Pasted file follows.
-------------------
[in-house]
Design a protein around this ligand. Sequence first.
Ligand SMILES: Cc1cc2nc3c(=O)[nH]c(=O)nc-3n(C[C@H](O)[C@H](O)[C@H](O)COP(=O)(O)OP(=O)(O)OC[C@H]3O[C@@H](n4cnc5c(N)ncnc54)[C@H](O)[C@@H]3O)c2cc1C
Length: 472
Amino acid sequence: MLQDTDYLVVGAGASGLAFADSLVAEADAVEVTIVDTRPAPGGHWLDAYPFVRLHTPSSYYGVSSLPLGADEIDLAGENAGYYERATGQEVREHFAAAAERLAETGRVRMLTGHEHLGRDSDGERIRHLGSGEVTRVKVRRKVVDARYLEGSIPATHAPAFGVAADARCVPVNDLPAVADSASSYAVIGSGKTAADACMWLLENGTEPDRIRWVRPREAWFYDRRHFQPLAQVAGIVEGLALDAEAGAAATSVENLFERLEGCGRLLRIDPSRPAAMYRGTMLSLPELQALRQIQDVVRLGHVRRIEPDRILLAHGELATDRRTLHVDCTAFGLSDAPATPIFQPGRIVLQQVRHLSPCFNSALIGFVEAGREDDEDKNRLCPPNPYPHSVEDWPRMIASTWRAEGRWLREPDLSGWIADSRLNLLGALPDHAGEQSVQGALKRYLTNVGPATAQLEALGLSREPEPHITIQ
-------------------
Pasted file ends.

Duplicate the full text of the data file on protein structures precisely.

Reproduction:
[in-house]
Design a protein around this ligand. Sequence first.
Ligand SMILES: Cc1cc2nc3c(=O)[nH]c(=O)nc-3n(C[C@H](O)[C@H](O)[C@H](O)COP(=O)(O)OP(=O)(O)OC[C@H]3O[C@@H](n4cnc5c(N)ncnc54)[C@H](O)[C@@H]3O)c2cc1C
Length: 472
Amino acid sequence: MLQDTDYLVVGAGASGLAFADSLVAEADAVEVTIVDTRPAPGGHWLDAYPFVRLHTPSSYYGVSSLPLGADEIDLAGENAGYYERATGQEVREHFAAAAERLAETGRVRMLTGHEHLGRDSDGERIRHLGSGEVTRVKVRRKVVDARYLEGSIPATHAPAFGVAADARCVPVNDLPAVADSASSYAVIGSGKTAADACMWLLENGTEPDRIRWVRPREAWFYDRRHFQPLAQVAGIVEGLALDAEAGAAATSVENLFERLEGCGRLLRIDPSRPAAMYRGTMLSLPELQALRQIQDVVRLGHVRRIEPDRILLAHGELATDRRTLHVDCTAFGLSDAPATPIFQPGRIVLQQVRHLSPCFNSALIGFVEAGREDDEDKNRLCPPNPYPHSVEDWPRMIASTWRAEGRWLREPDLSGWIADSRLNLLGALPDHAGEQSVQGALKRYLTNVGPATAQLEALGLSREPEPHITIQ